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I am an Assistant Professor in the School of Design at the Hong Kong Polytechnic University and direct the Responsible Design group. Residing at the intersection of Human-Computer Interaction, Learning Sciences, and Design, my research mainly focuses on studying and designing creative technology-mediated learning experiences for young people, investigating the roles that social context plays in supporting such learning, and innovating design research in educational contexts. Some of my research and design practices also go beyond learning contexts and extend to broader HCI research, such as reflecting on HCI research methodologies and addressing emergent technology-related challenges in people’s everyday lives.

Before joining PolyU Design, I was a Temporary Research Faculty in the Creative Communities research group at the University of Colorado Boulder and once a research intern in the Berkman Klein Center for Internet and Society at Harvard University. I earned my Ph.D. in Information Science from the University of Colorado Boulder, Master's degree in Design from Shanghai Jiao Tong University, and Bachelor's degree in Industrial Design from Zhejiang University.

PolyU Design Page Google Scholar

Selected Projects


Physical Play as a Medium for Computational Learning

We are systematically investigating how physical play can be leveraged to provide active, social, and playful computational learning experiences for young people, including (1) how physical activities, learning, and technologies can be combined to support learning purposes for young people, (2) how computational thinking concepts and skills can be incorporated into physical play, and (3) designs of educational technologies and curricula that bring young people outdoors for computational learning through physically active ways. Taken together, this work lays a solid foundation for educational research, pedagogical innovations, and learning technology designs that leverage physical play in CS education for young people.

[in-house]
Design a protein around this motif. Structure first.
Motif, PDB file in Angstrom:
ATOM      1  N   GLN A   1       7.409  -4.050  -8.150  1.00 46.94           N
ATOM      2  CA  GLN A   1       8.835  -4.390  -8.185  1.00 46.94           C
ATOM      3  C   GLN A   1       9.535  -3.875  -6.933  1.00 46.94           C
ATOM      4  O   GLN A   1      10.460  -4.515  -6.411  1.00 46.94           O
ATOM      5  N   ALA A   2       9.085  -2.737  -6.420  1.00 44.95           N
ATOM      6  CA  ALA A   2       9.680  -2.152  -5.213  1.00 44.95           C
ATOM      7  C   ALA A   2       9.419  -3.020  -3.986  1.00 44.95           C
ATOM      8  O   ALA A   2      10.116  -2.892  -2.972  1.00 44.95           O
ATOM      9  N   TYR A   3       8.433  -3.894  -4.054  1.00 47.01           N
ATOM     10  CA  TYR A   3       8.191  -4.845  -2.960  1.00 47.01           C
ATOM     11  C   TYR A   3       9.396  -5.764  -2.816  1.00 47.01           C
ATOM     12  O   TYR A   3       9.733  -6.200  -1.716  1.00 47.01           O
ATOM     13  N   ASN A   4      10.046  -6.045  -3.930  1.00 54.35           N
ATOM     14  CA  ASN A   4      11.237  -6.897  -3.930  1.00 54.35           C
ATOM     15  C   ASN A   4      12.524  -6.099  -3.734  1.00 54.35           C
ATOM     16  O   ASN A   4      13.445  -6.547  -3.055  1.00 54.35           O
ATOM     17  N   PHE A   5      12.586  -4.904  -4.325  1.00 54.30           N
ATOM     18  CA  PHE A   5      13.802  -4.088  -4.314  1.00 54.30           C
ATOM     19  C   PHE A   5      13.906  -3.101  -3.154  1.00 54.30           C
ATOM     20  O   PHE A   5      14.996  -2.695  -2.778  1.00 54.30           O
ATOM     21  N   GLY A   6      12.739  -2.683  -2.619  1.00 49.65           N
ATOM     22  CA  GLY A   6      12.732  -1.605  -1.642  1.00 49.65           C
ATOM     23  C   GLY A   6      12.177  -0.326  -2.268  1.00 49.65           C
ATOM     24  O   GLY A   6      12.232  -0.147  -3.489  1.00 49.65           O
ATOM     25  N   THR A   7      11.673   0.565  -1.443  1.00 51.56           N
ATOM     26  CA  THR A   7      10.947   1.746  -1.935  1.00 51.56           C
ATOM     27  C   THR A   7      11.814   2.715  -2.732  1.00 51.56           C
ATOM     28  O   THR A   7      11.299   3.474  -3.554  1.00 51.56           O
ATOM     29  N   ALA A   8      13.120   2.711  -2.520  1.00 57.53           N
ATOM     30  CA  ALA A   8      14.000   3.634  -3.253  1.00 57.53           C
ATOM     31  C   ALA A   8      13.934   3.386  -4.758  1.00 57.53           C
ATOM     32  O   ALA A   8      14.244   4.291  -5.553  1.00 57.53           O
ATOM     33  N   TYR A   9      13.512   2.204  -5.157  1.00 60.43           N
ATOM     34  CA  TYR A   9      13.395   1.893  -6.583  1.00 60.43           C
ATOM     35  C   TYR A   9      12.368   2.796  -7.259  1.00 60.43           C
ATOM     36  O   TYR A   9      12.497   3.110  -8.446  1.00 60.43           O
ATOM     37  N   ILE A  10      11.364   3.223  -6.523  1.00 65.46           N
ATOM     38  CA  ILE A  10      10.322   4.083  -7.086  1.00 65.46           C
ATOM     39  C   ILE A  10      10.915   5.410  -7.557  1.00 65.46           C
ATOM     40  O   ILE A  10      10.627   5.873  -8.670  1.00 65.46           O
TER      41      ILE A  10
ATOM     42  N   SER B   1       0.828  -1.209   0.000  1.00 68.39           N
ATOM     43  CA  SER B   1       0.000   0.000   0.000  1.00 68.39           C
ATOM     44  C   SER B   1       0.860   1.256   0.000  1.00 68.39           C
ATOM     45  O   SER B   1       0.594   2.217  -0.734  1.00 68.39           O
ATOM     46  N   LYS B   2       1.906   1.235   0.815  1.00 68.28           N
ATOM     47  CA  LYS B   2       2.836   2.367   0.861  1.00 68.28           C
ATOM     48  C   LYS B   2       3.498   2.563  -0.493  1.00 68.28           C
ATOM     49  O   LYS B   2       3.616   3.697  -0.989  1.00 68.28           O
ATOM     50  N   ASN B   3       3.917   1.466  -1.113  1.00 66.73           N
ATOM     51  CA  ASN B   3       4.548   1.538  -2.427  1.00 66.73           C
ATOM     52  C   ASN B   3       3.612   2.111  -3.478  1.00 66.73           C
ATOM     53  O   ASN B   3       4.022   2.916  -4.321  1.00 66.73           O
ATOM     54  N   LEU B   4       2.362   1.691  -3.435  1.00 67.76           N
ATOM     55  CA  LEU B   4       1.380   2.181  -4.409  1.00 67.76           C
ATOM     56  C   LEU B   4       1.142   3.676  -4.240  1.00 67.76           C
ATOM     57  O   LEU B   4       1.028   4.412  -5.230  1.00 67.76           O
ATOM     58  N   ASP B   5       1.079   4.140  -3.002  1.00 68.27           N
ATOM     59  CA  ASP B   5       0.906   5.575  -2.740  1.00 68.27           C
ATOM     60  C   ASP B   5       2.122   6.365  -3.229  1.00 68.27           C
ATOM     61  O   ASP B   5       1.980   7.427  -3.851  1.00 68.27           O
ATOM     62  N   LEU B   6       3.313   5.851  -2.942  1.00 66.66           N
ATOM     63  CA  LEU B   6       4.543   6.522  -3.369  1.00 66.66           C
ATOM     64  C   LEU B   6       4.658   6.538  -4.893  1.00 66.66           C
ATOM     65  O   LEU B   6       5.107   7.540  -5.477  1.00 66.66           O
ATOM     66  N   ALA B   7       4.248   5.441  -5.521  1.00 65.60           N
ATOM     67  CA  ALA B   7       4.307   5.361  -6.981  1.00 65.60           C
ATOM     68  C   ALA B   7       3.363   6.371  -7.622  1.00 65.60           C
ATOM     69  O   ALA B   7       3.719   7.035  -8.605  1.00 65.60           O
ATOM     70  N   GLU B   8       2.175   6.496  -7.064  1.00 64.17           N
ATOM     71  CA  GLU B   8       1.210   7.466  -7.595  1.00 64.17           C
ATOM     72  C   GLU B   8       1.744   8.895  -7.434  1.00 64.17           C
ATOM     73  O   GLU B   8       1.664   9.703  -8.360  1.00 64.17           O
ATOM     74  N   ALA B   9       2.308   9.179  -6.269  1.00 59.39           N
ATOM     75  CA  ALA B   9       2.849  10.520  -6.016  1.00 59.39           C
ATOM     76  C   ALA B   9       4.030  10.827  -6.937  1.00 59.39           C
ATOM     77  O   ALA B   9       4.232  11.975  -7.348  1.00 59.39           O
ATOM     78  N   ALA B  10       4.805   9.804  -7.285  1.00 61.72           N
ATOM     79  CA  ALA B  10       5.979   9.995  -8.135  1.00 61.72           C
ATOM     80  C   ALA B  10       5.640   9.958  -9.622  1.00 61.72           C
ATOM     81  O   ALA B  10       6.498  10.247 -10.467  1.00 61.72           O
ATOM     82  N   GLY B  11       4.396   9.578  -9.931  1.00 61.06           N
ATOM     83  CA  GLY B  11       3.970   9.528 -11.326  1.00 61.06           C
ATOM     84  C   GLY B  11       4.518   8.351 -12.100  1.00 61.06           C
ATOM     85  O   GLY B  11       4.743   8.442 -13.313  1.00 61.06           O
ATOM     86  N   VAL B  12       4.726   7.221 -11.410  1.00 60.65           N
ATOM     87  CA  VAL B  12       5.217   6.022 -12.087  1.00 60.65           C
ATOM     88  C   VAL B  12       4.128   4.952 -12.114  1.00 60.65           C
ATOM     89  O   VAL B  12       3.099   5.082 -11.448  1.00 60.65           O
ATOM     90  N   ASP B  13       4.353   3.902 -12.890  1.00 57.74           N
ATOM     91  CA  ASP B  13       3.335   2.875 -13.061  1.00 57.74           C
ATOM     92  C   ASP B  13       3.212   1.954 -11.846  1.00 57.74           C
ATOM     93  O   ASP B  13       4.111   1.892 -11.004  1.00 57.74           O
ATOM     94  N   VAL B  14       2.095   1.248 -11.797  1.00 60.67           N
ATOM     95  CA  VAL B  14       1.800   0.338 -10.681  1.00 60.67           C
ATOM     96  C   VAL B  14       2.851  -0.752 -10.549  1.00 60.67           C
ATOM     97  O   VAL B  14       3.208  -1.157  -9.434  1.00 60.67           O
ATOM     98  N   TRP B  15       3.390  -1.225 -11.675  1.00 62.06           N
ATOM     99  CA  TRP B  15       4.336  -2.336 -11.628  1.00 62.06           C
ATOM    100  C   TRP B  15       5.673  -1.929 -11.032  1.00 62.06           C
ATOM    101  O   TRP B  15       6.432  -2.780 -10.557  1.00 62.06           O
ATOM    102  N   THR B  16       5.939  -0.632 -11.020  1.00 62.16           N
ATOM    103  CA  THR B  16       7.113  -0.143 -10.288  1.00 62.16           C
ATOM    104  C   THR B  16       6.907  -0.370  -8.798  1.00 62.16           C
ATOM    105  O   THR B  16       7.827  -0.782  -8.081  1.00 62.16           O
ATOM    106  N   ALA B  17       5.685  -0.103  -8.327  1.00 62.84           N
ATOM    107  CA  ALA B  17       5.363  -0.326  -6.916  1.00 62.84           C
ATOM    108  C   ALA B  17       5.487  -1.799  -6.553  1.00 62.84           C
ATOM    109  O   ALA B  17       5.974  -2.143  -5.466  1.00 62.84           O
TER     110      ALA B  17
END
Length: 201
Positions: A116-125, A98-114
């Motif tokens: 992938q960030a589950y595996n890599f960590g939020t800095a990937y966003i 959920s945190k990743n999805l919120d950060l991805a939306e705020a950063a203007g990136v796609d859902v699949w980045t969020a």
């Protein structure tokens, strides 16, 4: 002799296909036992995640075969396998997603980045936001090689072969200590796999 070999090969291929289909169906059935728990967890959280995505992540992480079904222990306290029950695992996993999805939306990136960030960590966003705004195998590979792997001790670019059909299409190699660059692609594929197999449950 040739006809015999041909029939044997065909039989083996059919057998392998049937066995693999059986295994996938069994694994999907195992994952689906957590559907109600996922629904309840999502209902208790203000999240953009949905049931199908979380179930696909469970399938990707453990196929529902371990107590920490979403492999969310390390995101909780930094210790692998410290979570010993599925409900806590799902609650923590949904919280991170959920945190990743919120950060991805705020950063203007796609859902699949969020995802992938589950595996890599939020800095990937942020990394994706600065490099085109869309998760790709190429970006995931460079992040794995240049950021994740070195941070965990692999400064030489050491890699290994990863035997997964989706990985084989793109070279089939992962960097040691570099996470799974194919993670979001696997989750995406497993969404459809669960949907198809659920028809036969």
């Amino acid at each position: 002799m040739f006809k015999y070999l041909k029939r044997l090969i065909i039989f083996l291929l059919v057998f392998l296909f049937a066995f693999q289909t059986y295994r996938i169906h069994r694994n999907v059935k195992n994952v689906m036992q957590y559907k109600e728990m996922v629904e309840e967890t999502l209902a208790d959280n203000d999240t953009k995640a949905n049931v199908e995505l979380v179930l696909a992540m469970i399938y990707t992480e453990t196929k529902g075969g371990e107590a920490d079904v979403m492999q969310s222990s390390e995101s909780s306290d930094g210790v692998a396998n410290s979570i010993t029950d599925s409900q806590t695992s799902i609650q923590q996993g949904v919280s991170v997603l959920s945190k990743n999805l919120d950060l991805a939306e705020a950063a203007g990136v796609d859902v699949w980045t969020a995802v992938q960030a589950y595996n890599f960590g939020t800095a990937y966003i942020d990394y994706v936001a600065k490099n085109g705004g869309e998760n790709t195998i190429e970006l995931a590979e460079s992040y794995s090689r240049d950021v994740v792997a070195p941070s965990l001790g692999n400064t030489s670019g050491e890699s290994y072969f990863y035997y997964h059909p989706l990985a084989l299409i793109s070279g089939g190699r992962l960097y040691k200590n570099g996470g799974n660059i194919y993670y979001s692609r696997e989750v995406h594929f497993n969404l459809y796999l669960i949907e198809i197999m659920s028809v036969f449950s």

Gender-Inclusive Learning Technologies

Technologies, such as reading apps and STEM toys, have become an essential part of children’s everyday learning activities and can bring valuable learning opportunities for them. However, how learning tools are designed to welcome participation from children of different genders remains unclear. Using computational toys and kits for young children as a case study, we are currently exploring how genders are represented in learning technology designs and aiming to develop a design framework of gender inclusive learning technologies. Ultimately, we hope this work can contribute to practical design guidelines for relevant designers, developers, and companies to design more gender-inclusive learning technologies for children.


Parent-child Joint Media Engagement

Parents play essential roles in children’s engagement with media, especially learning technologies like computational toys and kits. Situated in the context of parent-child co-use of learning technologies, we have done multiple explorations to understand what family joint media engagement looks like and how we can facilitate productive joint media experiences through activity and technology designs, such as investigating how parents perceive their children’s use of coding kits, how parents mediate their children’s interaction with the kits, and how different family members negotiate with each other when co-making using creative computing technologies. Building on these explorations, we are now working on projects to enrich the theoretical understanding and framing of joint media engagement.


Computational Toys & Kits for Young Children